Robby Anderson, Adam Gase, Sam Darnold
ESNY Graphic, AP Photo

New York Jets Week 1 coaching points are headlined by crisper route running, quarterback freedom and constant zone coverage.

Robby Sabo

FLORHAM PARK, NJ—Same old Jets. It’s the tired phrase uttered relentlessly over the last 48 hours. The immortal three-letter phrase that doesn’t want to pack up and go away forever represents another start to an NFL season in Northern New Jersey.

As senseless as it oftentimes represents many New York Jets teams, this organization cannot run and hide from the annoyance that is “Same old Jets.” They’ll instead have to tackle it head-on, something Adam Gase and Joe Douglas have no problem doing.

To accomplish killing “Same old Jets,” games similar to what was witnessed in Week 1 against the Buffalo Bills can’t unfold.

New York was sloppy and didn’t resemble anything a “quarterback whisperer” would trot out onto the field. The young franchise quarterback was poor and the newly-formed offensive line looked as though they hadn’t even met each other prior to 1 p.m. ET on the NFL’s opening weekend.

Offensive Line Communication

The lingering sin at Florham Park revolves around the team’s offensive line. Not since 2010 has the organization selected a second-round offensive lineman. Not since 2006 have the Jets taken a first-round talent at the unit.

It always and will forever start upfront. Luckily, Joe Douglas knows this. Unluckily, the man didn’t arrive until after free agency and the NFL Draft.

What the Jets put forth on Sunday was nothing short of disastrous in front of Sam Darnold. Sure, No. 14 wasn’t great in the game, but that’s usually the case when his O-line would get beat by a four-man varsity front.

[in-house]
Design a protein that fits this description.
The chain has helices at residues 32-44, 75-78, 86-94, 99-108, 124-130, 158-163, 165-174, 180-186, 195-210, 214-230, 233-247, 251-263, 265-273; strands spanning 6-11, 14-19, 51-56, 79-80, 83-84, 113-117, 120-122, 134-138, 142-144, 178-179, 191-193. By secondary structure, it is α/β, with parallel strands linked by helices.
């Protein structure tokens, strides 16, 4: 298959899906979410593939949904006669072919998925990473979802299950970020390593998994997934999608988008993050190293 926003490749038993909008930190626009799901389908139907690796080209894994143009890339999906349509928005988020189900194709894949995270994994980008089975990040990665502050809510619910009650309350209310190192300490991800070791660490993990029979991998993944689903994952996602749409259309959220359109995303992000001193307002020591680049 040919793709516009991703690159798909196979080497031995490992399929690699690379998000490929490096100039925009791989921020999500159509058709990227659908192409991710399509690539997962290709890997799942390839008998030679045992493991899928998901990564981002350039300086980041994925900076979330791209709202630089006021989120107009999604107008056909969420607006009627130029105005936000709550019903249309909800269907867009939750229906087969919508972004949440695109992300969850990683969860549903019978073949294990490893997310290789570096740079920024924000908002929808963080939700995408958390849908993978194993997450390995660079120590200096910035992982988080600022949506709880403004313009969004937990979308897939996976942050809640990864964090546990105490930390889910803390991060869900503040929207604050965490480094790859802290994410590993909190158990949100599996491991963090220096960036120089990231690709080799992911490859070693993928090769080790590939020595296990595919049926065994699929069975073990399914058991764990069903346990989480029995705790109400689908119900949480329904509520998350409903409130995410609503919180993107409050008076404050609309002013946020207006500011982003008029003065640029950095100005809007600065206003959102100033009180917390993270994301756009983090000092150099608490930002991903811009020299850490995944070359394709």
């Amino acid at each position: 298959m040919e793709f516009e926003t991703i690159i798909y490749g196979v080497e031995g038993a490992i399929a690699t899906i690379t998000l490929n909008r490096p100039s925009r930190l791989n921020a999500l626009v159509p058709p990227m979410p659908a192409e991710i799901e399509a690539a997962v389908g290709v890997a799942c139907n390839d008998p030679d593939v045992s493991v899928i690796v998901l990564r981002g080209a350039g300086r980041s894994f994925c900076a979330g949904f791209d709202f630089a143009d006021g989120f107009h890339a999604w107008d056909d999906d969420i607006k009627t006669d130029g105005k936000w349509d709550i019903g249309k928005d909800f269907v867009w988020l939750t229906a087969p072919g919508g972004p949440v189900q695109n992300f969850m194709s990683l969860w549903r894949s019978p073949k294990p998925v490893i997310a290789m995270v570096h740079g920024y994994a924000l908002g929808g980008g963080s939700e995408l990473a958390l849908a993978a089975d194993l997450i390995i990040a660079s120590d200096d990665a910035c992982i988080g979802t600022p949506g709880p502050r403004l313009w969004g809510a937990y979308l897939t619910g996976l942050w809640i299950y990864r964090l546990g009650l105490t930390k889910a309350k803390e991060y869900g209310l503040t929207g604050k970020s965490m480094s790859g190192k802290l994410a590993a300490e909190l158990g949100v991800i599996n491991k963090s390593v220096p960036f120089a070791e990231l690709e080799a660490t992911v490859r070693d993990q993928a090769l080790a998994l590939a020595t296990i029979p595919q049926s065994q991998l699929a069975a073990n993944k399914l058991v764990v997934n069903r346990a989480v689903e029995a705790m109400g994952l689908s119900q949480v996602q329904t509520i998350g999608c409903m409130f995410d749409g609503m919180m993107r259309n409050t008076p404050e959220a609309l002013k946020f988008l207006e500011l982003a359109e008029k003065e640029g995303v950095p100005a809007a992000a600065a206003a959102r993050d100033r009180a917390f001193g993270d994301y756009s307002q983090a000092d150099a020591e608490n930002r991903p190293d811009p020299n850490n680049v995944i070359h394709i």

The excuse that Ryan Kalil was a late addition and the unit hadn’t really experienced live-action together all August will only work for one week. Getting beat by way of talent is understandable. Finding yourself smacked down by way of line calls and mental errors is inexcusable.

The following is the second play of the game. After a Le’Veon Bell split zone went for five, Adam Gase dialed up a pass that could have popped had the line done its job.

Although we’ll never know what the line call was, Darnold points to the right side as if he’s signaling the three-man side is coming on the wide side.

Kalil immediately turns to the left, allowing the crashing defensive end a free run at the kid.

A five-man rush against a five-man offensive line unit should never yield a free runner. It’s an entire unit that has to be buttoned up by Monday night.

Crisper, Smarter Route-Running

On a Monday conference call, Gase explained how he was pleased with Darnold’s play (as opposed to what he originally thought) and more annoyed with how the wide receivers ran routes. Perhaps adding veteran Demaryius Thomas is more evidence of that notion.

“We had a chance to win the game,” Gase said. “We need to come out of our double move,” Gase said on a Monday conference call. “The guy falls down & we don’t come out running, so. If we do that, all of a sudden we’re scoring a touchdown. Guys need to do a better job executing what they’re supposed to be doing.”

Ouch. Gase sent a strong message towards his weapons, especially Robby Anderson, who was involved in the referenced double-move play.

Sloppy and lazy routes combined with questionable concepts led to awful stuff in front of Darnold. On a crucial play late in the game, that could have won it for Gotham Green, Anderson didn’t bust it out of a double-move.

There’s no question he was bumped on the play, and Darnold needed to lead him towards the sideline a bit more, but No. 11 coasted and looked back entirely too early.

Get out of the double-move and explode. Then, after it’s completed, turn back for the ball.